By Fabián Fuentes González and Jan Webb, School of Social and Political Science, University of Edinburgh
The local energy business sector in the UK currently comprises a rich mix of companies with different ownership, sizes, revenue sources, technologies, and forms of localism and smartness. Debate around the potential for implementing more local and smarter energy systems is currently catching the attention of researchers, policy-makers, government authorities, and energy market incumbents as well as new entrants. This debate is critical for the development of more localised energy businesses in the UK.
Local and smart energy systems can be the foundation for new energy businesses structured around maximising efficiencies from distributed generation and demand management and integrating heat, power, storage, and mobility at a local scale. They can also contribute to a reduction of costs while driving forward the transition towards a net zero carbon system. Yet, one of the main challenges around fostering the development of this sector is how to effectively identify and typify local energy systems, projects or businesses, which are becoming more complex, as well as more innovative, through digitalisation.
The EnergyREV report Describing a local energy business sector in the United Kingdom presents a sector analysis based on a first-of-a-kind database of legally-constituted UK energy companies. This analysis introduces a new methodology for assessing energy businesses with the aim of understanding and mapping forms and degrees of localism and smartness and their potential future trajectories.
Each of the energy businesses was assessed against different components and levels of localism and smartness, and then mapped in a simple and intuitive matrix, which categorises businesses according to the resulting combinations of localism and smartness. Our research has enabled us to characterise the local energy business sector in the UK which illustrates the breadth of forms and the degrees of localism and smartness.
In regards to localism, some businesses, such as those owned by investment funds with limited evidence of benefit provision to communities or which provide some specific local benefits like local waste management and recycling or employment, show a low degree of localism. By contrast, there are other businesses, such as those owned by trusts, community groups, foundations, local authorities or universities, which present a high degree of localism. The main difference resides in how such businesses (would) address local ownership, (non-monetary) benefits’ delivery, relationships with local stakeholders, and local involvement in (business) decision-making.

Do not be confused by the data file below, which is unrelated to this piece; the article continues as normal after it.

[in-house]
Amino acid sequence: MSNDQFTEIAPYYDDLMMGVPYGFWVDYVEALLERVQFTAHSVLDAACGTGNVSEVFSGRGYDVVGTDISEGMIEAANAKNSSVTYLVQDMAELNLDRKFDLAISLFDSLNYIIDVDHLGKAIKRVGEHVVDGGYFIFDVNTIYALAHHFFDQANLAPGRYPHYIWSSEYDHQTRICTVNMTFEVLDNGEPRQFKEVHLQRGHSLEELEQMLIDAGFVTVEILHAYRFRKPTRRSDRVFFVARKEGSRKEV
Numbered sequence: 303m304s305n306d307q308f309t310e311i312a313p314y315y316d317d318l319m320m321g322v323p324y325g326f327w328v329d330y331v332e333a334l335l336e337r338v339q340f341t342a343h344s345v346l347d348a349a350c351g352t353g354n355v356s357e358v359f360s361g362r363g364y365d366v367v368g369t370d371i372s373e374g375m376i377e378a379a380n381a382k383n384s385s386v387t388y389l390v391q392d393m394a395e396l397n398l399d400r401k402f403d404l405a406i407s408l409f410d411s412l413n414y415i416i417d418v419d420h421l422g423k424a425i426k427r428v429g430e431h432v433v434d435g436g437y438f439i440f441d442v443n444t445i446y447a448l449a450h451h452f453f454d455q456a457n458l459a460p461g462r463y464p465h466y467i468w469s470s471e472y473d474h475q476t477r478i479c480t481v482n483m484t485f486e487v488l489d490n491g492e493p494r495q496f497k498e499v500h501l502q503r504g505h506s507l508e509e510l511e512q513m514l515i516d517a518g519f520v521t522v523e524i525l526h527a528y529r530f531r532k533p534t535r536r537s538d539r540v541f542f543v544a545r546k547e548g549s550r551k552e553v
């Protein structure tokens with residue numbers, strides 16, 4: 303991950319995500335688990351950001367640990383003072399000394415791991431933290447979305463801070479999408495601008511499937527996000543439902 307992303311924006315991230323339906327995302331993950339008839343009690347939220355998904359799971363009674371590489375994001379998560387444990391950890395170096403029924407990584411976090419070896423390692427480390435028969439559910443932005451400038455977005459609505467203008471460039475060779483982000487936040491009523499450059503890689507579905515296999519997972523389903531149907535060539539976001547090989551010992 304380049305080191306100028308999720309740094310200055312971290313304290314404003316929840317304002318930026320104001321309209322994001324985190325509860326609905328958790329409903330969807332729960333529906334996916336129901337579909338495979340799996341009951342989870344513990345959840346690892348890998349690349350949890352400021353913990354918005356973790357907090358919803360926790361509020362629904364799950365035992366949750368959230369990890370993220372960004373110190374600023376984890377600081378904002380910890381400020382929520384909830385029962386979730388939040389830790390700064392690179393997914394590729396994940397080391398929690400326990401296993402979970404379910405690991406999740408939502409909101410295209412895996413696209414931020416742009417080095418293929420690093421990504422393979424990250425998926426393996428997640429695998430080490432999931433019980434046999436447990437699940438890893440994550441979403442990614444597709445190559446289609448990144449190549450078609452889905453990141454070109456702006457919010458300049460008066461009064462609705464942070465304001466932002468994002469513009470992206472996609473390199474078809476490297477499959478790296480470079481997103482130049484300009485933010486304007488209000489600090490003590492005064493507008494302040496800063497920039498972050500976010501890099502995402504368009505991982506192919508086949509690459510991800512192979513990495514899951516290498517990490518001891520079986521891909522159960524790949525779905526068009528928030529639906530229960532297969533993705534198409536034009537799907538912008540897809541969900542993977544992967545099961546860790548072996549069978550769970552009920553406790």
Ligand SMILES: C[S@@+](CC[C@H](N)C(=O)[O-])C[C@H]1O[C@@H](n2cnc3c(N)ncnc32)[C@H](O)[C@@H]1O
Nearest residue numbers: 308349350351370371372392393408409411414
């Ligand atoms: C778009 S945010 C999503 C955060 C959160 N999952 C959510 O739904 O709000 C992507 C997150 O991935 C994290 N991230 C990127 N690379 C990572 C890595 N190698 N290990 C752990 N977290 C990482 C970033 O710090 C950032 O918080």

When it comes to smartness, most of the businesses are, as yet, making limited use of digital systems for smart operation; the main difference for those businesses which present high levels of smartness is their ability to adapt and optimise - automatically or semi-automatically – service provision, mainly via energy storage.
The above results do not imply “good” or “bad” forms, degrees of localism and smartness; a certain form or degree will develop based on the needs of a specific geographic area, businesses’ resources, governmental policies or incentives, market conditions, among other elements.
The insights so far indicate that there is considerable scope for developing a local, and smarter, energy business sector in the UK. For instance, there are opportunities to develop more innovative mechanisms to involve communities in energy businesses’ key matters, to implement advanced technologies - such as artificial intelligence or machine learning and to put into effect other financing tools, like securitisation. By stimulating a more local and smarter energy business sector, the trajectory towards a more decentralised, democratic, decarbonised, and digitalised UK energy system can be enhanced. However, all interested parties, chiefly through their decisions and actions on the above, will have the final say.